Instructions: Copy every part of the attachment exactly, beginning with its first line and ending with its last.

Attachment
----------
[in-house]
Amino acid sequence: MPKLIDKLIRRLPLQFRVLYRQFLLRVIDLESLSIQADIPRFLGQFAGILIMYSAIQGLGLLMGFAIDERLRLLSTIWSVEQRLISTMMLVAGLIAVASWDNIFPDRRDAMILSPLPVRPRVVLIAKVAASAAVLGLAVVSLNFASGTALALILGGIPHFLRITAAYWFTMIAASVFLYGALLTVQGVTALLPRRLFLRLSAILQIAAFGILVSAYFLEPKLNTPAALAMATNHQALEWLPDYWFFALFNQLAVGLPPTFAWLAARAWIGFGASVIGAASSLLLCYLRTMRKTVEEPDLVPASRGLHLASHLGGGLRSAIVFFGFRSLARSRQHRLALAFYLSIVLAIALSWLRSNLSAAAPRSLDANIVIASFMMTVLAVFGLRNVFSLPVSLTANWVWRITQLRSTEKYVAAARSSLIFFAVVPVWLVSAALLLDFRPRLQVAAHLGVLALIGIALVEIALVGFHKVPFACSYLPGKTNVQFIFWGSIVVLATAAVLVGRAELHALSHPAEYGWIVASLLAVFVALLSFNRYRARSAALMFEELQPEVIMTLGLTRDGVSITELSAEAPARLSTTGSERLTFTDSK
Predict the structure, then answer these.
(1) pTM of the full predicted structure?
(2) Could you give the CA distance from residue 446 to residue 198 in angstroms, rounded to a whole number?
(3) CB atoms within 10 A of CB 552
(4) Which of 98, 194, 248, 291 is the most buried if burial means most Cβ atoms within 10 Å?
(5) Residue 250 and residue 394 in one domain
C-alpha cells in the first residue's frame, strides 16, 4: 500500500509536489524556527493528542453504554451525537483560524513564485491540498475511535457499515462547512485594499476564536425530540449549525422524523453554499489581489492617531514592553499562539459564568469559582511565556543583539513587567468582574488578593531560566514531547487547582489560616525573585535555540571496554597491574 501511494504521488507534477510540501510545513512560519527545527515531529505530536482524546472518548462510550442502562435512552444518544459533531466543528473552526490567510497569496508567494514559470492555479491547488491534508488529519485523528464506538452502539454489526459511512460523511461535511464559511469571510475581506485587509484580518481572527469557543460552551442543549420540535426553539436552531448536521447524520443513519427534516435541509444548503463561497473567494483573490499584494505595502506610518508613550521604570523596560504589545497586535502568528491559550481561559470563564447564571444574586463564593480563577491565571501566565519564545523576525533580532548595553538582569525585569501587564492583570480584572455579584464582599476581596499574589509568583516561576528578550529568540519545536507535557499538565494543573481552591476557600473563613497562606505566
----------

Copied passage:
[in-house]
Amino acid sequence: MPKLIDKLIRRLPLQFRVLYRQFLLRVIDLESLSIQADIPRFLGQFAGILIMYSAIQGLGLLMGFAIDERLRLLSTIWSVEQRLISTMMLVAGLIAVASWDNIFPDRRDAMILSPLPVRPRVVLIAKVAASAAVLGLAVVSLNFASGTALALILGGIPHFLRITAAYWFTMIAASVFLYGALLTVQGVTALLPRRLFLRLSAILQIAAFGILVSAYFLEPKLNTPAALAMATNHQALEWLPDYWFFALFNQLAVGLPPTFAWLAARAWIGFGASVIGAASSLLLCYLRTMRKTVEEPDLVPASRGLHLASHLGGGLRSAIVFFGFRSLARSRQHRLALAFYLSIVLAIALSWLRSNLSAAAPRSLDANIVIASFMMTVLAVFGLRNVFSLPVSLTANWVWRITQLRSTEKYVAAARSSLIFFAVVPVWLVSAALLLDFRPRLQVAAHLGVLALIGIALVEIALVGFHKVPFACSYLPGKTNVQFIFWGSIVVLATAAVLVGRAELHALSHPAEYGWIVASLLAVFVALLSFNRYRARSAALMFEELQPEVIMTLGLTRDGVSITELSAEAPARLSTTGSERLTFTDSK
Predict the structure, then answer these.
(1) pTM of the full predicted structure?
(2) Could you give the CA distance from residue 446 to residue 198 in angstroms, rounded to a whole number?
(3) CB atoms within 10 A of CB 552
(4) Which of 98, 194, 248, 291 is the most buried if burial means most Cβ atoms within 10 Å?
(5) Residue 250 and residue 394 in one domain
C-alpha cells in the first residue's frame, strides 16, 4: 500500500509536489524556527493528542453504554451525537483560524513564485491540498475511535457499515462547512485594499476564536425530540449549525422524523453554499489581489492617531514592553499562539459564568469559582511565556543583539513587567468582574488578593531560566514531547487547582489560616525573585535555540571496554597491574 501511494504521488507534477510540501510545513512560519527545527515531529505530536482524546472518548462510550442502562435512552444518544459533531466543528473552526490567510497569496508567494514559470492555479491547488491534508488529519485523528464506538452502539454489526459511512460523511461535511464559511469571510475581506485587509484580518481572527469557543460552551442543549420540535426553539436552531448536521447524520443513519427534516435541509444548503463561497473567494483573490499584494505595502506610518508613550521604570523596560504589545497586535502568528491559550481561559470563564447564571444574586463564593480563577491565571501566565519564545523576525533580532548595553538582569525585569501587564492583570480584572455579584464582599476581596499574589509568583516561576528578550529568540519545536507535557499538565494543573481552591476557600473563613497562606505566